History books will likely look back on September 2016 as a major milestone for the world’s climate. https://t.co/x3C7ife8Ij
Weekly comment bait: Audi’s “Green Police” Superbowl ad
I didn’t watch the Superbowl because I
hate America was on a plane, so it wasn’t until Monday that I became aware of chatter about the ad for Audi’s A3 TDI clean diesel car, recently named the “Green Car of the Year” for its fuel efficiency. Apparently — I haven’t watched yet — the ad portrays a “green police” squad that patrols for environmental crimes.
The New York Times thought the spot was “misguided.” David Roberts thinks that the ad’s implicit acknowledgment of the mainstreaming of environmental values places Audi “ahead of the curve.” Joe Romm can’t decide whether the ad is the best or worst green Superbowl ad ever (surely a limited field), but found the humor off-key. This guy thinks the ad contains veiled Nazi references (!). Geoffrey Styles found the humor harmless and the overall message “smart and timely.”
Intriguing! Let’s watch:
OK, I just watched it twice. Tonally, the ad is a bit…weird. It does seem to start off by invoking some well-worn anti-environmentalist tropes (“greens want to control every aspect of your life blah blah”). But the green police themselves aren’t particularly made out to be objects of ridicule or spite. In fact, it seems the real target of the ad’s satire is police procedurals like COPS, and even this parody is pretty soft.
I tend to agree with Roberts that the ad implicitly accepts the cultural dominance of lifestyle environmentalism, even if it doesn’t quite endorse it. In this regard, the ad mostly reminds me of standard-issue beer commercials, in which put-upon everymen are forever trying to escape sissification at the hands of their wives and girlfriends. Beer commercials — for the most part — don’t portray wives and girlfriends as ogres or shrews. Rather, they play off cultural clichés about gender roles. Ladies gotta be ladies; dudes gotta be dudes. In the Audi universe, it’s taken for granted that we’re all supposed to separate our recyclables, even if we’re often confused or annoyed by the new rules.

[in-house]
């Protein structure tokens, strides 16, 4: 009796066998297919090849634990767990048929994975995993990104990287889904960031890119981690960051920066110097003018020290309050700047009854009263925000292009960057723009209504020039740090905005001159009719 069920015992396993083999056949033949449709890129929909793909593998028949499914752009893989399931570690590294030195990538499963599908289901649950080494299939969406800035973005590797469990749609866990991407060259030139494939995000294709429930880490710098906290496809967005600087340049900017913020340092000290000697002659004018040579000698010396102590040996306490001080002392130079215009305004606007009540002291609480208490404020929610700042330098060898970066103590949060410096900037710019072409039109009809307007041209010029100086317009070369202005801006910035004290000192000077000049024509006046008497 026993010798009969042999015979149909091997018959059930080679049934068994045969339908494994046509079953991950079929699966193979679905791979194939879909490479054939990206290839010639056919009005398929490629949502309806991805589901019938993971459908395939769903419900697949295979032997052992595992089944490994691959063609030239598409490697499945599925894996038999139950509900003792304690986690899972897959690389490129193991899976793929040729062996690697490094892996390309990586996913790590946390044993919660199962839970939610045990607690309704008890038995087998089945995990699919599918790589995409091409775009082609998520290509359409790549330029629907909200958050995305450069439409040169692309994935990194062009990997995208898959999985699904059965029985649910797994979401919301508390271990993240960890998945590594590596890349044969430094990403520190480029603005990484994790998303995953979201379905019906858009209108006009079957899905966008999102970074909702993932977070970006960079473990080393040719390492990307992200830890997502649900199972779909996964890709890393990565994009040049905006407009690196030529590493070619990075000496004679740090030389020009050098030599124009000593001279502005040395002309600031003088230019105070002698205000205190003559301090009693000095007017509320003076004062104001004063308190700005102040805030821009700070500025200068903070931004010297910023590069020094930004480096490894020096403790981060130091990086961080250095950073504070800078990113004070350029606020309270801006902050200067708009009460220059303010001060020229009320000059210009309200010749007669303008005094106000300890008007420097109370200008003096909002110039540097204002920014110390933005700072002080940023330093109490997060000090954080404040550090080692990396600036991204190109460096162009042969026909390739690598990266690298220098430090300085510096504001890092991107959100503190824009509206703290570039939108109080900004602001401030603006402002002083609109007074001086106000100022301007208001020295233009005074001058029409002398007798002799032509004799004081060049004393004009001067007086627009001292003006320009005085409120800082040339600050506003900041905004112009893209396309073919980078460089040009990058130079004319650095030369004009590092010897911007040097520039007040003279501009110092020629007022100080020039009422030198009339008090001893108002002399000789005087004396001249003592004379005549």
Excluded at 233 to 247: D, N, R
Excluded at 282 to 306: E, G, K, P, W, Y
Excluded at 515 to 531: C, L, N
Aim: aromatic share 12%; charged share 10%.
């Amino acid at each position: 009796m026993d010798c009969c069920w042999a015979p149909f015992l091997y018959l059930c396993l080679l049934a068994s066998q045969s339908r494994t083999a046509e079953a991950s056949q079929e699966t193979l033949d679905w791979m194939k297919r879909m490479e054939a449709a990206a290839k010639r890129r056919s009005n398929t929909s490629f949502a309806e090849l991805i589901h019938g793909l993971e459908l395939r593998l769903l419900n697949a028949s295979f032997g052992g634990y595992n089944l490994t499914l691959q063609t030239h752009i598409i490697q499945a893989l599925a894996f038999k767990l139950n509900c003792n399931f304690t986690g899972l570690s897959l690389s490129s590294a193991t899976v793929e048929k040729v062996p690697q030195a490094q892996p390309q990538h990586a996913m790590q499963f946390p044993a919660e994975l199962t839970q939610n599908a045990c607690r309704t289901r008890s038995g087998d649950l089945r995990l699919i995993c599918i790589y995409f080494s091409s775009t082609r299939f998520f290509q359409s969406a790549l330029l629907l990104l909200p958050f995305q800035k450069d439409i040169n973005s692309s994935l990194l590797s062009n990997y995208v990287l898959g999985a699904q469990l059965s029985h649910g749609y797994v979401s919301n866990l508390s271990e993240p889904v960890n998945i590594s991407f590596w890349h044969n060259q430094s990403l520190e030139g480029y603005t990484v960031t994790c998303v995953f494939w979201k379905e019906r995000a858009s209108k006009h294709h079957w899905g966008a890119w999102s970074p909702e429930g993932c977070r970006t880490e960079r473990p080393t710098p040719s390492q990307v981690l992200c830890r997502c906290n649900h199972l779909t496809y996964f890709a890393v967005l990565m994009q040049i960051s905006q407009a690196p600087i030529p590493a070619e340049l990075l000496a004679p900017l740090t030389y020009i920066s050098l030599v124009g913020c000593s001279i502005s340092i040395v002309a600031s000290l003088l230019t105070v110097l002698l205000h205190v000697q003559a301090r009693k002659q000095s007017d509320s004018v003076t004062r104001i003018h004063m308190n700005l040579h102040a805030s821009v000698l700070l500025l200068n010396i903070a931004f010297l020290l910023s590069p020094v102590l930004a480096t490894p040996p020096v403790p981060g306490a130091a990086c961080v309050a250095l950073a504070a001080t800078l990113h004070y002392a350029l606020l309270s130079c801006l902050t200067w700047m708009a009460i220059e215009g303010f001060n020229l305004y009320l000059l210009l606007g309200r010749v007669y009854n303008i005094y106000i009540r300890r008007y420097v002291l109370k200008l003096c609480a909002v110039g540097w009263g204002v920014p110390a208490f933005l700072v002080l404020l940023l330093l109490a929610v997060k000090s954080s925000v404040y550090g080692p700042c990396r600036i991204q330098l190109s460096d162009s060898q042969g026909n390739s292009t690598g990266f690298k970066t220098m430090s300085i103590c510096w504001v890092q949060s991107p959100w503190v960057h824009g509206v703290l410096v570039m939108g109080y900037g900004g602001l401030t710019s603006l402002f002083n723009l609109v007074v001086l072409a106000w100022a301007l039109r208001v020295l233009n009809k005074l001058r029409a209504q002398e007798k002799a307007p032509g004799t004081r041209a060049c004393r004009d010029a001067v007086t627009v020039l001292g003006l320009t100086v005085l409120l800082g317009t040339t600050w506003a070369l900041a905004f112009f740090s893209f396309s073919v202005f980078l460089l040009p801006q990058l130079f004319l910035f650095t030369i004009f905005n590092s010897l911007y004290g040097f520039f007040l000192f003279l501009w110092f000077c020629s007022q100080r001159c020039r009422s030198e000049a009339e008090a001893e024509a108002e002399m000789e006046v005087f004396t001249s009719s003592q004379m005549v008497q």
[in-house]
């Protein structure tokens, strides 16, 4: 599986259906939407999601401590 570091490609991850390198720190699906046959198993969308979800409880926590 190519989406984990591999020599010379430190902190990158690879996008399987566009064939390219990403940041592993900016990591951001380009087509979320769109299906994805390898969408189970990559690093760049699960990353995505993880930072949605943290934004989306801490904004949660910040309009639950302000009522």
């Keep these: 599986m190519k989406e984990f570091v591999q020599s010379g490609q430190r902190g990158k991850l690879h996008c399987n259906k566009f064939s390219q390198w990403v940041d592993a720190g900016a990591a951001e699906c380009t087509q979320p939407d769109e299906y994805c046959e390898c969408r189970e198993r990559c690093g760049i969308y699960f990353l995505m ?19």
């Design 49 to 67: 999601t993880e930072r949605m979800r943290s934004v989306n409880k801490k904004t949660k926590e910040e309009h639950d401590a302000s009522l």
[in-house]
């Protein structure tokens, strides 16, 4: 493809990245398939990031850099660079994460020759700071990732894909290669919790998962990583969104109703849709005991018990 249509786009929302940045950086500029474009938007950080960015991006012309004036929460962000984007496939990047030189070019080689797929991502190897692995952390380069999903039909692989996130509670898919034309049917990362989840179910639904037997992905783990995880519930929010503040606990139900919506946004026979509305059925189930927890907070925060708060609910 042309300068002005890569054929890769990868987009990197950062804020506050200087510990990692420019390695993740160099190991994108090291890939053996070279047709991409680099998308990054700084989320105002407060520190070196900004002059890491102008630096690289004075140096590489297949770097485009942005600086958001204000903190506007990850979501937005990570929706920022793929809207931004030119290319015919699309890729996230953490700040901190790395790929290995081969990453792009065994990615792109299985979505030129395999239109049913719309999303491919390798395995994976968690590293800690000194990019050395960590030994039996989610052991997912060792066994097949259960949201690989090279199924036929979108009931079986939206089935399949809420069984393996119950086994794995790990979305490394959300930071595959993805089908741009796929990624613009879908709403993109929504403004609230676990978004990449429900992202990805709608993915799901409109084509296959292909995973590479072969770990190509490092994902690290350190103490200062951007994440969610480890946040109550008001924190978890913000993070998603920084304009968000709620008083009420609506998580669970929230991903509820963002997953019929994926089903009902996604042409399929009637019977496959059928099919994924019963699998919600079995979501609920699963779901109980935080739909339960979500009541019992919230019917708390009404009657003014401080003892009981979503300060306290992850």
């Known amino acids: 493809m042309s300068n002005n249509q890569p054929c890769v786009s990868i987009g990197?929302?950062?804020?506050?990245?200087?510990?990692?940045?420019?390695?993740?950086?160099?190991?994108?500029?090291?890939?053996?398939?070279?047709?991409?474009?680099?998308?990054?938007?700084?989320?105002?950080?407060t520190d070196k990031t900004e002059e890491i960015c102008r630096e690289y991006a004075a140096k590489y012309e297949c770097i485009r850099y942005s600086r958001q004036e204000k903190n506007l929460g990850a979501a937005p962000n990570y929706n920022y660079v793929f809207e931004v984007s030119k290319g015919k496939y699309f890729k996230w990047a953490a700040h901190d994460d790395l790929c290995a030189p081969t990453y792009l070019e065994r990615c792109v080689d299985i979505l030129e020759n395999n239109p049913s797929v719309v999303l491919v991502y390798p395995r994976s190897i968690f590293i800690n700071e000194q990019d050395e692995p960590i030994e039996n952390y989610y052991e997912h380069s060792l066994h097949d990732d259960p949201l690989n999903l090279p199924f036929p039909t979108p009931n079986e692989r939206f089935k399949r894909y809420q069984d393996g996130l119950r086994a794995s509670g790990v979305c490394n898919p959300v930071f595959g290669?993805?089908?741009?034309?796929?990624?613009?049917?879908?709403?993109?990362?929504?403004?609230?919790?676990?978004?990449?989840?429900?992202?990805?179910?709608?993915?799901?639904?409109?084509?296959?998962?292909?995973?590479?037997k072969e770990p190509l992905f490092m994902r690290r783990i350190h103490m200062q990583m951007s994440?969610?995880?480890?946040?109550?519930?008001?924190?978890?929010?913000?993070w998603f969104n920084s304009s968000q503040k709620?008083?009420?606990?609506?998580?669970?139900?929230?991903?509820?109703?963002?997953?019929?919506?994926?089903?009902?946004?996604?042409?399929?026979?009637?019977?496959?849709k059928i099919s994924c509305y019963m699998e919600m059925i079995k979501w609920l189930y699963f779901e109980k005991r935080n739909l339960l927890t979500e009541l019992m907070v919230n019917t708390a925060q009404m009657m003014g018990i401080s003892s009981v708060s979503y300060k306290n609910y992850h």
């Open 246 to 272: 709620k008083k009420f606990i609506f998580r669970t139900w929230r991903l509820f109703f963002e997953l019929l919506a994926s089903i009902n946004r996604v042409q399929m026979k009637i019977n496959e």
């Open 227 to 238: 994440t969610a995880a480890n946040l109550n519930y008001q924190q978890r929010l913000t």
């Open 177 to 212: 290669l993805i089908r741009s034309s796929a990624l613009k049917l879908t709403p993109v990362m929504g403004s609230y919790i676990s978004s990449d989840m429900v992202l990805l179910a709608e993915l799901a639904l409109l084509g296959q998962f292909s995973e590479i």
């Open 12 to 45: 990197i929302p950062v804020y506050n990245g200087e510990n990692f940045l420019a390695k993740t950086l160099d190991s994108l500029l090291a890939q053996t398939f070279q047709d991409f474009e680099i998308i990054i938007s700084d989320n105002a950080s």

Like gender conflict, this is potentially a rich vein for comedy. Say what you will about the tired stereotypes in beer commercials, the good ones are funny. Which brings me to the main problem I personally had with the Audi ad: I didn’t laugh. Some bits of it are kind of amusing (e.g., the enjoyably surreal anteater and the flight of the hot tub perp), but, again, the tone seems off. In the end, the hero smugly drives off in the greenest car of the year. It’s as though after 45 seconds of fratty capering, the schlub in a Budweiser commercial puts down his beer and announces to his wife that he loves her and couldn’t imagine his life without her. Major buzzkill.
But there’s no arguing from taste, and it seems the Audi ad has been generally well-received. As with any very expensive piece of advertising, the marketing calculation here is pretty clear. Despite its high fuel efficiency, the A3 has an internal combustion engine drives like a “real” car. I’m sure Audi doesn’t want to pigeonhole their fancy car as a hippie-mobile by marketing it with the usual images of clouds, trees, and wind turbines. I’m also sure their research revealed that many consumers feel somewhat guilty about the environmental impact of their consumption choices, but are also confused about what to do and mildly annoyed at having to adjust their habits. Et voila, a marketing campaign is born.
On a more substantive note, diesel cars offer a very quick way to reduce transportation emissions during the transition to electric, so let’s hope Audi is successful in taking away market share from conventional gasoline-fueled cars.
On a less substantive note, The Onion does environmental satire right.